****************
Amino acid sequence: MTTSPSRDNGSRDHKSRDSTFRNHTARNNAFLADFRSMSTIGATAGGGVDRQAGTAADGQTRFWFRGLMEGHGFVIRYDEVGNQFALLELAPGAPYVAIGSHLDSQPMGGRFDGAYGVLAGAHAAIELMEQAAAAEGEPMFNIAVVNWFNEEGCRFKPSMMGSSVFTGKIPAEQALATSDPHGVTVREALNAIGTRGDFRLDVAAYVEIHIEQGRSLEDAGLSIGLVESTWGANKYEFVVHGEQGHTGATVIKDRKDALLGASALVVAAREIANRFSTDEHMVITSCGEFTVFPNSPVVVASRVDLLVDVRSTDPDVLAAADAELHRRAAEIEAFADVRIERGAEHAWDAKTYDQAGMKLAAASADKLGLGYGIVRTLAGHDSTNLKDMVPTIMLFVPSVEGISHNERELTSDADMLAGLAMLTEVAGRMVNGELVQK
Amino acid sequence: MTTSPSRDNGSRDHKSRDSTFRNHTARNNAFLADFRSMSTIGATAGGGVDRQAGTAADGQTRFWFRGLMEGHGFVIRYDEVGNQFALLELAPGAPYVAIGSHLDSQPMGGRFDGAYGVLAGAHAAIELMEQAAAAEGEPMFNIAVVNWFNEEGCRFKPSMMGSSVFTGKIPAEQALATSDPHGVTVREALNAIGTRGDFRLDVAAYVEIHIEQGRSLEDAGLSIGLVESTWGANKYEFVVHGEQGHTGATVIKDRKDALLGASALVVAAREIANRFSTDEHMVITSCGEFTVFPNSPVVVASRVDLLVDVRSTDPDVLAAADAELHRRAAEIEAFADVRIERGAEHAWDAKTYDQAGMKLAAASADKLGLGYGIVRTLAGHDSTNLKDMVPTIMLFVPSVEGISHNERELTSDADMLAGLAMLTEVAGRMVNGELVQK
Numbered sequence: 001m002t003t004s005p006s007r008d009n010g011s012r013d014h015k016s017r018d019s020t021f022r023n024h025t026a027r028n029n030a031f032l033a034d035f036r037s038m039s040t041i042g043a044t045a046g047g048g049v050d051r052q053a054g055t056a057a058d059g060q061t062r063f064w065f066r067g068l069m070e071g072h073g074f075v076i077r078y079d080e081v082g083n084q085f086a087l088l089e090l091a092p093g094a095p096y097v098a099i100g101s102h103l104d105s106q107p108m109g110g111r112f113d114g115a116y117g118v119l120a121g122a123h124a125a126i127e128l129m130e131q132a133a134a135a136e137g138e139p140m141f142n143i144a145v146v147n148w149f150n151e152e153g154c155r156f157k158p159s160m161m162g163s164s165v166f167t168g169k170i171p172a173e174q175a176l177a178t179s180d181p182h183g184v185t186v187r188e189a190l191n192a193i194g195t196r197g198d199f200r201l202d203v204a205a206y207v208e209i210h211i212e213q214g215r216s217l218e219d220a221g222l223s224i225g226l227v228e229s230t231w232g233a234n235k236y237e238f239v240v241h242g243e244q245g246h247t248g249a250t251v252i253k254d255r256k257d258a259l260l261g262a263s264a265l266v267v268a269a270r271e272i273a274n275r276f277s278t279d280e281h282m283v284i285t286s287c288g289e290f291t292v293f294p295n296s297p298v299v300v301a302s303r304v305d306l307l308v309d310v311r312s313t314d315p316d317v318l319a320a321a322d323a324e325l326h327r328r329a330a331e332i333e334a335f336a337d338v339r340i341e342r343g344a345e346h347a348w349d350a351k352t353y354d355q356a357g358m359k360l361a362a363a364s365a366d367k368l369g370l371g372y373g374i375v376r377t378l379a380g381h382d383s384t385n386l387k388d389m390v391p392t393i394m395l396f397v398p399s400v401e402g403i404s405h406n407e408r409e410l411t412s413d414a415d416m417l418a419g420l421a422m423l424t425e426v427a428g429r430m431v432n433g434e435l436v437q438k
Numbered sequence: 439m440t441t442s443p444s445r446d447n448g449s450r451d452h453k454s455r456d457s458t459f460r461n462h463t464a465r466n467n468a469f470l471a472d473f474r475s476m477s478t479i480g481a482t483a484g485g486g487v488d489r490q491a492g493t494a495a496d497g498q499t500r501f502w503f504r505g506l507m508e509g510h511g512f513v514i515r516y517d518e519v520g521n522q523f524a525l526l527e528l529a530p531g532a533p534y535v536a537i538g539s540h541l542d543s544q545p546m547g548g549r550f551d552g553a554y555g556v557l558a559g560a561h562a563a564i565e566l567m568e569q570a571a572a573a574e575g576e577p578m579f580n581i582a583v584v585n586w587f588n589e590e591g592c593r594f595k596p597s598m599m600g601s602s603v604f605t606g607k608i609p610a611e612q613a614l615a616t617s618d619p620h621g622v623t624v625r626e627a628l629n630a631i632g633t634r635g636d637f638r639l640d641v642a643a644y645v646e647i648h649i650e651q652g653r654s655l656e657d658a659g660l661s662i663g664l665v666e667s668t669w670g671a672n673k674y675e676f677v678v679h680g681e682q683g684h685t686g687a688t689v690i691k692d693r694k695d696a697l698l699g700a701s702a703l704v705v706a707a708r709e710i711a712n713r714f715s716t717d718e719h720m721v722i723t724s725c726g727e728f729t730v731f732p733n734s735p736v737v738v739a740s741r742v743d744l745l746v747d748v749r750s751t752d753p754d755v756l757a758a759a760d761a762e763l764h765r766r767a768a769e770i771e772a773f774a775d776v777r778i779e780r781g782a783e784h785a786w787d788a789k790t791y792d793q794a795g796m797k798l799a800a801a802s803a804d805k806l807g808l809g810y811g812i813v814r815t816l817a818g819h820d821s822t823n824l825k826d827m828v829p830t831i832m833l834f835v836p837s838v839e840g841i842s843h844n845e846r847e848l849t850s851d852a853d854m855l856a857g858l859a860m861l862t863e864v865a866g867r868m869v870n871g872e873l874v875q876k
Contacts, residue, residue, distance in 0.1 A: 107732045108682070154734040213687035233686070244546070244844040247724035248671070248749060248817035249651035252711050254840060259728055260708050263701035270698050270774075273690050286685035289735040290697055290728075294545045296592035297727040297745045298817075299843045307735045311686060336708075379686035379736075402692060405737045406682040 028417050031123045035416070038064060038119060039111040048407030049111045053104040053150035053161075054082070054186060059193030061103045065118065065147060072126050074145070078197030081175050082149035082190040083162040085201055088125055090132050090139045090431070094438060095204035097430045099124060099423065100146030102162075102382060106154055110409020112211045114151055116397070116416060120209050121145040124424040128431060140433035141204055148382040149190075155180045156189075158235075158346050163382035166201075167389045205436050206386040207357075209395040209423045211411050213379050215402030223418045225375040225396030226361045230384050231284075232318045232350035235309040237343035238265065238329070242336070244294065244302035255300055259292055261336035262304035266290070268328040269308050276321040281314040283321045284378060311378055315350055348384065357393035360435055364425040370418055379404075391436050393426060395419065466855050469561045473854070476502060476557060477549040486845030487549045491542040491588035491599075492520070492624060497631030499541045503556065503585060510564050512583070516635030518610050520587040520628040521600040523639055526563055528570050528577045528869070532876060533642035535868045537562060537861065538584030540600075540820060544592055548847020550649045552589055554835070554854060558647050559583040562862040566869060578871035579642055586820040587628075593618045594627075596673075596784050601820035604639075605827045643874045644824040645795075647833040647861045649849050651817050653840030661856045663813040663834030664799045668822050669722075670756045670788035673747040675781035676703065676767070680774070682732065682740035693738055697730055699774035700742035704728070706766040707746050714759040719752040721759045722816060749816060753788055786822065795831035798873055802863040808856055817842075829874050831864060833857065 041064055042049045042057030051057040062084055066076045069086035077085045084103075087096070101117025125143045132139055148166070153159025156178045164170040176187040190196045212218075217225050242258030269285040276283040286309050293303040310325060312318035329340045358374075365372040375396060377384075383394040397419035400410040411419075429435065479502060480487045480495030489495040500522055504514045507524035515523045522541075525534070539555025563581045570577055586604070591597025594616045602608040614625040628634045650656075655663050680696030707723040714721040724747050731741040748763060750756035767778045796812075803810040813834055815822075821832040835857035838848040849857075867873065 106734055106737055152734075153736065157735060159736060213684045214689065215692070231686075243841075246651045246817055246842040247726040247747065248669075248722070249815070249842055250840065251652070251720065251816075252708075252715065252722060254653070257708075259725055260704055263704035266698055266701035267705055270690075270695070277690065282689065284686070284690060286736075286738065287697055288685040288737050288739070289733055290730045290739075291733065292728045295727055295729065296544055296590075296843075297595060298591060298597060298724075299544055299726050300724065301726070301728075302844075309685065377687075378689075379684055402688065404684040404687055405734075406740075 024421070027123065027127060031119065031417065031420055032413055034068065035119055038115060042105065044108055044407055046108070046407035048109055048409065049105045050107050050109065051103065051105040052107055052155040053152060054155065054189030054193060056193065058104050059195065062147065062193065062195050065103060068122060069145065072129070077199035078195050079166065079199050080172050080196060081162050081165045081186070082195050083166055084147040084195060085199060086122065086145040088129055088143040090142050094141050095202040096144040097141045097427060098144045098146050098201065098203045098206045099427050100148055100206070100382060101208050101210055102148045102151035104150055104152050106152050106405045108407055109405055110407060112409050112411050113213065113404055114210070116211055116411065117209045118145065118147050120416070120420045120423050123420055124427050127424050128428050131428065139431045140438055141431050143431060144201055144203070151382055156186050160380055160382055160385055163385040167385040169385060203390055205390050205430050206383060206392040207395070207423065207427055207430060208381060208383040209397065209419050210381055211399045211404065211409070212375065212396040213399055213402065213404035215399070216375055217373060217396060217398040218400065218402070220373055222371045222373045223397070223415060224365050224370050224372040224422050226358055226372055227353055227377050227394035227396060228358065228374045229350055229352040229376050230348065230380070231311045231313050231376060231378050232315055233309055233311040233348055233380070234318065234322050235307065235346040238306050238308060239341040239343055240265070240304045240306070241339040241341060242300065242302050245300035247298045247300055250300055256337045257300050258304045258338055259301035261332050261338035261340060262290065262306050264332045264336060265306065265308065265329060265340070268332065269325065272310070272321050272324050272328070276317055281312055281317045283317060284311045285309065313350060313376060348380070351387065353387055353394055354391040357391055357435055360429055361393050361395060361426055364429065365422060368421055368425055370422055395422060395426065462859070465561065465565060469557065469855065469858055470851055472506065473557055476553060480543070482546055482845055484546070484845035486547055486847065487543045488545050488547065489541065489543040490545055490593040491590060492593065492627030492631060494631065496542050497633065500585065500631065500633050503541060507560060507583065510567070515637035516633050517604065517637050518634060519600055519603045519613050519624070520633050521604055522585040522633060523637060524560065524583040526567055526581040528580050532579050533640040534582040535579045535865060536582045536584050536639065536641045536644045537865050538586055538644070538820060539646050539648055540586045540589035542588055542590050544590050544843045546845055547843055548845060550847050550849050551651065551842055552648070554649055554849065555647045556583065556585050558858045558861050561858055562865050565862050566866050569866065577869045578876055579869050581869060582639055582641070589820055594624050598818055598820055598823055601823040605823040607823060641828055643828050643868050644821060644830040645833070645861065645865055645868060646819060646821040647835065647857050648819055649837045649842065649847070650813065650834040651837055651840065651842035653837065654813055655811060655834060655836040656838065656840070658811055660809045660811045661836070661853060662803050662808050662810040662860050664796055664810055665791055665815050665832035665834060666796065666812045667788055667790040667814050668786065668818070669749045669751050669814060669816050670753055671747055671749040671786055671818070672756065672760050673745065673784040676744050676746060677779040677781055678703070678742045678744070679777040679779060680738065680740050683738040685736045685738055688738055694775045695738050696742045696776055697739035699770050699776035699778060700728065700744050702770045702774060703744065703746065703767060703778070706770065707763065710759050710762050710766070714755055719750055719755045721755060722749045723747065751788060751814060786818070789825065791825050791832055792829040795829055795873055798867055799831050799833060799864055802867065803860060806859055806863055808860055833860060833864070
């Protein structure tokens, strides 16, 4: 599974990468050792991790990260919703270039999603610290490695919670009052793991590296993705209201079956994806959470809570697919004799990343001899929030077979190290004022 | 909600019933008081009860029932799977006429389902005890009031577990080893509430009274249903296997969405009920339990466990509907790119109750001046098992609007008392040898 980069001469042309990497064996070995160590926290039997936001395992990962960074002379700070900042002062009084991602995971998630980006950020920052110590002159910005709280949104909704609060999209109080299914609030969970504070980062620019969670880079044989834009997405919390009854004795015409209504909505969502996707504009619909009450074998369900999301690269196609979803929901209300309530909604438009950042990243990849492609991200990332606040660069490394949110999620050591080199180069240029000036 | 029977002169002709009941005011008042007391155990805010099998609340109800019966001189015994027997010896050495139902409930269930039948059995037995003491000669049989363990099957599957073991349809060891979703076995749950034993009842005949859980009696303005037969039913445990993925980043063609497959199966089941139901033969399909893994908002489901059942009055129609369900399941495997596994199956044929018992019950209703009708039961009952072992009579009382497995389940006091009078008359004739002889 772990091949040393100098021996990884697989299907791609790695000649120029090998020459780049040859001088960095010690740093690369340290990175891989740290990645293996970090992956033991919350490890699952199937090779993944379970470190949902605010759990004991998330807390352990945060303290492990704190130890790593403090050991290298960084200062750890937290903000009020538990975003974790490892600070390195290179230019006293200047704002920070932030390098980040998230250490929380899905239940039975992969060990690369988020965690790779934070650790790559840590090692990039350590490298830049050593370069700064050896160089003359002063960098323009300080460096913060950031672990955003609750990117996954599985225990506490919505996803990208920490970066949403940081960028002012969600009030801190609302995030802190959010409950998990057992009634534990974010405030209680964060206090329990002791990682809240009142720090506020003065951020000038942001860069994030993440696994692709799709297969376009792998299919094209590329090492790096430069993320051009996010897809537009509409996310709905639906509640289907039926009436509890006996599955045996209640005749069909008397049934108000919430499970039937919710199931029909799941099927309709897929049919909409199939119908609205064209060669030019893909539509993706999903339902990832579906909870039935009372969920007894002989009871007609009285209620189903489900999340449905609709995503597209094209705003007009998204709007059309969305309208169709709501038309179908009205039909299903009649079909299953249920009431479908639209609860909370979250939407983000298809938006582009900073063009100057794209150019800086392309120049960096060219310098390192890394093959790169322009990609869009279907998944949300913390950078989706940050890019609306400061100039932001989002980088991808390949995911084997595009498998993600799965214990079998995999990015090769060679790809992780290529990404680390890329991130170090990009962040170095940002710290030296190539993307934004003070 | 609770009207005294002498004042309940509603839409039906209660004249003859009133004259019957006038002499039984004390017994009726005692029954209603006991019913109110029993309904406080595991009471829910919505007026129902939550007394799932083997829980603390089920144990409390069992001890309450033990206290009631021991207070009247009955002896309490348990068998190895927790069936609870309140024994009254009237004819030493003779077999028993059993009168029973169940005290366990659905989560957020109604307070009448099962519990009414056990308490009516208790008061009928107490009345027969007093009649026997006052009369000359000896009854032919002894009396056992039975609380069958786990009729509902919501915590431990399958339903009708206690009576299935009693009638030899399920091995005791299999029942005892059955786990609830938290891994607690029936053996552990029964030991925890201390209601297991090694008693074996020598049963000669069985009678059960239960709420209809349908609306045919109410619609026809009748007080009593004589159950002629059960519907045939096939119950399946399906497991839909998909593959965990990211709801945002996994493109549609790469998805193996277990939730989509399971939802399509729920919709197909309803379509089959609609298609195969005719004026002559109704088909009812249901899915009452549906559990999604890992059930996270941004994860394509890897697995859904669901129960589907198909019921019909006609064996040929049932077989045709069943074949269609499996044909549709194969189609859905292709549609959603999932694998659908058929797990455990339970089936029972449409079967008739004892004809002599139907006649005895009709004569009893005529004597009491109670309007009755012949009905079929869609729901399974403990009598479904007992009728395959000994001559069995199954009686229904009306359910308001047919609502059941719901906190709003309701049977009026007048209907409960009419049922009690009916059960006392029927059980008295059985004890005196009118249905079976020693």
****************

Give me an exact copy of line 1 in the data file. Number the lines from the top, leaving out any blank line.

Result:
Amino acid sequence: MTTSPSRDNGSRDHKSRDSTFRNHTARNNAFLADFRSMSTIGATAGGGVDRQAGTAADGQTRFWFRGLMEGHGFVIRYDEVGNQFALLELAPGAPYVAIGSHLDSQPMGGRFDGAYGVLAGAHAAIELMEQAAAAEGEPMFNIAVVNWFNEEGCRFKPSMMGSSVFTGKIPAEQALATSDPHGVTVREALNAIGTRGDFRLDVAAYVEIHIEQGRSLEDAGLSIGLVESTWGANKYEFVVHGEQGHTGATVIKDRKDALLGASALVVAAREIANRFSTDEHMVITSCGEFTVFPNSPVVVASRVDLLVDVRSTDPDVLAAADAELHRRAAEIEAFADVRIERGAEHAWDAKTYDQAGMKLAAASADKLGLGYGIVRTLAGHDSTNLKDMVPTIMLFVPSVEGISHNERELTSDADMLAGLAMLTEVAGRMVNGELVQK